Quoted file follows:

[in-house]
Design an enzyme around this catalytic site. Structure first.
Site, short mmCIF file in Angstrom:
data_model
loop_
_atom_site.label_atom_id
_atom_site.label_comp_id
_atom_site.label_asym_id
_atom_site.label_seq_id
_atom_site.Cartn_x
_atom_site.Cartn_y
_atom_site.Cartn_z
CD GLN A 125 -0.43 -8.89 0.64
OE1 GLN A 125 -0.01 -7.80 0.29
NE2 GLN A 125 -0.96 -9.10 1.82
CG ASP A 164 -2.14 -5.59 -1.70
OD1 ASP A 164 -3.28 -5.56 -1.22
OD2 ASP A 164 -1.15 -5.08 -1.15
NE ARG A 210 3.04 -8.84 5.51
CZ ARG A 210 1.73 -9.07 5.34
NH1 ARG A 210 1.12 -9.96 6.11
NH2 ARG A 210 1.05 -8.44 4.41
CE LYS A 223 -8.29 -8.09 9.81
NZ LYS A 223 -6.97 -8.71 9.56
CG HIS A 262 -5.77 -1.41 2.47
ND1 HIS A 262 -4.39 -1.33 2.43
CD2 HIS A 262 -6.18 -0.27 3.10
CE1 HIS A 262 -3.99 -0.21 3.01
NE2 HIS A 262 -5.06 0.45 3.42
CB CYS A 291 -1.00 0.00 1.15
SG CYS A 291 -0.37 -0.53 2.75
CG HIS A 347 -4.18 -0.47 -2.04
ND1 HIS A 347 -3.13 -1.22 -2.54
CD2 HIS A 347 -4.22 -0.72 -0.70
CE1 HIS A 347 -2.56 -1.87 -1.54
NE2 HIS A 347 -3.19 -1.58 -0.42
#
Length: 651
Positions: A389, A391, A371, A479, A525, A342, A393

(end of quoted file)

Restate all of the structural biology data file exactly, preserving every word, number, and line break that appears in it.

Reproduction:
[in-house]
Design an enzyme around this catalytic site. Structure first.
Site, short mmCIF file in Angstrom:
data_model
loop_
_atom_site.label_atom_id
_atom_site.label_comp_id
_atom_site.label_asym_id
_atom_site.label_seq_id
_atom_site.Cartn_x
_atom_site.Cartn_y
_atom_site.Cartn_z
CD GLN A 125 -0.43 -8.89 0.64
OE1 GLN A 125 -0.01 -7.80 0.29
NE2 GLN A 125 -0.96 -9.10 1.82
CG ASP A 164 -2.14 -5.59 -1.70
OD1 ASP A 164 -3.28 -5.56 -1.22
OD2 ASP A 164 -1.15 -5.08 -1.15
NE ARG A 210 3.04 -8.84 5.51
CZ ARG A 210 1.73 -9.07 5.34
NH1 ARG A 210 1.12 -9.96 6.11
NH2 ARG A 210 1.05 -8.44 4.41
CE LYS A 223 -8.29 -8.09 9.81
NZ LYS A 223 -6.97 -8.71 9.56
CG HIS A 262 -5.77 -1.41 2.47
ND1 HIS A 262 -4.39 -1.33 2.43
CD2 HIS A 262 -6.18 -0.27 3.10
CE1 HIS A 262 -3.99 -0.21 3.01
NE2 HIS A 262 -5.06 0.45 3.42
CB CYS A 291 -1.00 0.00 1.15
SG CYS A 291 -0.37 -0.53 2.75
CG HIS A 347 -4.18 -0.47 -2.04
ND1 HIS A 347 -3.13 -1.22 -2.54
CD2 HIS A 347 -4.22 -0.72 -0.70
CE1 HIS A 347 -2.56 -1.87 -1.54
NE2 HIS A 347 -3.19 -1.58 -0.42
#
Length: 651
Positions: A389, A391, A371, A479, A525, A342, A393